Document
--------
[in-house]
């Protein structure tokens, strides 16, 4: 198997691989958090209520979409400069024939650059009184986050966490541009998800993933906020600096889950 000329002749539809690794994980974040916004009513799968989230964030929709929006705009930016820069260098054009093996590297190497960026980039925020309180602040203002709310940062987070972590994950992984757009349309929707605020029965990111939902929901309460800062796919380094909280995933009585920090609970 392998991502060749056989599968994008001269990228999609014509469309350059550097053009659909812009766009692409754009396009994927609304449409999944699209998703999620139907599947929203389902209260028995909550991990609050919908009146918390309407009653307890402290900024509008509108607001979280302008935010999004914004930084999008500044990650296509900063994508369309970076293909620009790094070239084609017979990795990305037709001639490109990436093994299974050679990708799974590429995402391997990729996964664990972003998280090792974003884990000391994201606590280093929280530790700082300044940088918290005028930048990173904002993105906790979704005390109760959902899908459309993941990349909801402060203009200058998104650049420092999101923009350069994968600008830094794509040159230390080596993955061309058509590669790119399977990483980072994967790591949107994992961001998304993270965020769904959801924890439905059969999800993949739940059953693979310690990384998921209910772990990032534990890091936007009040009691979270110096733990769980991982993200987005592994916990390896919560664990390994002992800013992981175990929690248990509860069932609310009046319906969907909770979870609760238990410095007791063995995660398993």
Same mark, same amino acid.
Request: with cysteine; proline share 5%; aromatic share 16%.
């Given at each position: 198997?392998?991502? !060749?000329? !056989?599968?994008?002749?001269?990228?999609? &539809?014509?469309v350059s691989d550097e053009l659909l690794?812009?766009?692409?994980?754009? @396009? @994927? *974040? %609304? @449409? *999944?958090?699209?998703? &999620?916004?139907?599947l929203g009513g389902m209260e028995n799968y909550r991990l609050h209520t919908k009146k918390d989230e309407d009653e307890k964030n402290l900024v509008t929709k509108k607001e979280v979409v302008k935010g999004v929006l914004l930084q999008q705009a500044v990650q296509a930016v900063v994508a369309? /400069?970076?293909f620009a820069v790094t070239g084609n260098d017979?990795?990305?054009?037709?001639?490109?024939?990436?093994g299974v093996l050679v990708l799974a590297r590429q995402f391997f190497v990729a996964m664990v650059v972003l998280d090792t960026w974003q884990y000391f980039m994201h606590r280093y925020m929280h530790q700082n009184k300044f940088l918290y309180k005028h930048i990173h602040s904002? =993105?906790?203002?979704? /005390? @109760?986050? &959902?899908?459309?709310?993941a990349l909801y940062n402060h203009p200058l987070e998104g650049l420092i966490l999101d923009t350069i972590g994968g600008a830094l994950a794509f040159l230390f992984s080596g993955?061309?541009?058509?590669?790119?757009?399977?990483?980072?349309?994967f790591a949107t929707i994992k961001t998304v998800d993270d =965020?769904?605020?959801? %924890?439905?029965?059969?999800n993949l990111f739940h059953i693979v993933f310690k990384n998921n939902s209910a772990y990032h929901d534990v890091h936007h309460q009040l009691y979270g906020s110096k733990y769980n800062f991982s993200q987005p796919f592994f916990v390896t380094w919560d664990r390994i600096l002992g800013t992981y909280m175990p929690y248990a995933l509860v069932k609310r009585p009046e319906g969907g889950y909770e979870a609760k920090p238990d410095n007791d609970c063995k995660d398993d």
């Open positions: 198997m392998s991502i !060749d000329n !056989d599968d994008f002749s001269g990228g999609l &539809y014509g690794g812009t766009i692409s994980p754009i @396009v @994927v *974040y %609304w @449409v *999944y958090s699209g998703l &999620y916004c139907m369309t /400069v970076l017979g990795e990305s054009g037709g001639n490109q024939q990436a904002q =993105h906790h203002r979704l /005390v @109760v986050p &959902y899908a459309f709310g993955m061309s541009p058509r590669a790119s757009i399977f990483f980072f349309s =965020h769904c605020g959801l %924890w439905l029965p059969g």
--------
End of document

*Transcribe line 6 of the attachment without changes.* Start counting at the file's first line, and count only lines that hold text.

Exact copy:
């Open positions: 198997m392998s991502i !060749d000329n !056989d599968d994008f002749s001269g990228g999609l &539809y014509g690794g812009t766009i692409s994980p754009i @396009v @994927v *974040y %609304w @449409v *999944y958090s699209g998703l &999620y916004c139907m369309t /400069v970076l017979g990795e990305s054009g037709g001639n490109q024939q990436a904002q =993105h906790h203002r979704l /005390v @109760v986050p &959902y899908a459309f709310g993955m061309s541009p058509r590669a790119s757009i399977f990483f980072f349309s =965020h769904c605020g959801l %924890w439905l029965p059969g």